Don has never done things in a small way, and the world of Sabre reflects that. The third Sabre GN, "The Decadence Doctrination", was a rare and special event for its time, a tremendously ambitious graphic novel that flowed like a novel, with subplots and tangents and a wonderfully uncompressed style that led to great character moments. There was time in this projected 600-page book to share small scenes that illuminated character. People could live and breathe and have space to simply be themselves. It was a radical idea for its time, a moment of pure ambition to create a true graphic novel but of course the idea just never was able to fly. There was no way that the piece could overcome the apathy of the comics fans who were just not ready for a comic that had as much adult emotional sophistication as this comic.
Reading these 14 issues of Sabre together, I felt such a conflict of emotions. On one hand I was thrilled and delighted to be able to spend time with these wonderful, human characters trying to make the best of a weird, complicated society. On the other, I was crushed that there were only a relative handful of stories about them.
This stuff could have been a revolution. Instead it's just a footnote.
Daniel Elkin: Sometimes, though, Sacks, like in the work of David Foster Wallace, it is within the footnotes that the real revolution occurs.
A little personal history first. In 1982 I was an awkward 15 year old boy with too many thoughts in my head, caged in the concrete of suburban Dallas, Texas. I infused my day-dreams with the worlds I had access to via comic books, and these helped tint my exceedingly gray days with the hot colors of grandiosity and voyage, possibilities and potential. My weekly trips to Lone Star Comics were a lifeline for me, a way to get out of myself and into a future unmasked and exciting. It was on one of those trips, in the blazing hot Texas summer of '82, that I picked up a copy of Sabre #1 off the rack and added it to my stack. The fact that the fine folks at Lone Star even sold such a book to such an impressionable teen is a miracle unto itself, but, regardless, I remember vividly coming home, sitting in my bedroom, and cracking open this book.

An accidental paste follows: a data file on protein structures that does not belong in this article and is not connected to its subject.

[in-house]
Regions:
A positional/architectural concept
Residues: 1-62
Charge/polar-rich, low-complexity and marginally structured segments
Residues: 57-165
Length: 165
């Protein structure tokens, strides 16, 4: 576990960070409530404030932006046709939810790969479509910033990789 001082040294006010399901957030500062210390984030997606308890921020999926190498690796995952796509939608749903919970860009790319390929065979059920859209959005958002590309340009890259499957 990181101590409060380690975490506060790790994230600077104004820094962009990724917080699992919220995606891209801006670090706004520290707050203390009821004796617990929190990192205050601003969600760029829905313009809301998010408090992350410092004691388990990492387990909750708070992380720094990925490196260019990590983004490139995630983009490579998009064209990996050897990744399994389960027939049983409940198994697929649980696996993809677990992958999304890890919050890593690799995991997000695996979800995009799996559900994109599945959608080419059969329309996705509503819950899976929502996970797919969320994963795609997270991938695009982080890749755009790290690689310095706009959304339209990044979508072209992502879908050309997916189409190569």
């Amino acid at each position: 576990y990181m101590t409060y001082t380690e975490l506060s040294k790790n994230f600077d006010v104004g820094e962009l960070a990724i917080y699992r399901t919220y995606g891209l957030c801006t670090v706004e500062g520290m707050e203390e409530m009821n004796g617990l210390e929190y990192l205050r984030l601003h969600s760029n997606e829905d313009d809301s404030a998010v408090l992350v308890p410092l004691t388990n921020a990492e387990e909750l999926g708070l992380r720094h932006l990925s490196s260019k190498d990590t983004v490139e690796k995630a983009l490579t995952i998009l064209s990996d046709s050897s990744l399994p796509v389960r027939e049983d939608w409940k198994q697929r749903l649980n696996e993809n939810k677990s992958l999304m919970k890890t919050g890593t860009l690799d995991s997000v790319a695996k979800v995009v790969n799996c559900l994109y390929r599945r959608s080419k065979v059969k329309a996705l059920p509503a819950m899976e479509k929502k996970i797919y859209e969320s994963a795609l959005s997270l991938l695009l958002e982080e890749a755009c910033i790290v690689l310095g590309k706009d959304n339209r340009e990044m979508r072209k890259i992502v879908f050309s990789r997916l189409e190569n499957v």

What Don McGregor had created there in those pages was truly a formative moment for me. I had heretofore been feasting on the cape and tights tales of super powered outcasts like the X-Men and the Hulk and such – Sabre was nothing like these stories. This was story about the wounds we carry. This was a story about idealism and the fights we have to engage in to stay true to ourselves. This was a comic you read as much as it read you. All that, and boobs too! Naked boobs and fornicating.
Certainly this book was written for a more mature audience than my 15-year-old North Dallas suburban Jewish mindset, but by having it in my hands, I was able to become much more of the man I had hoped to become.
So I have a distinct and sharp personal connection to this series. Regretfully, though, it also came at a time when I was discovering girls and cars and drugs and girls and music and Fitzgerald and Kerouac and Whitman and girls, so, whileSabre helped me move into these directions, armed with its churn of aspects and hormones and humanity, I slowly began going to the LCS less and less, until eventually, like all the comics of my childhood, Sabre was relegated to the long box in the closet and I stepped forth into the rest of my life.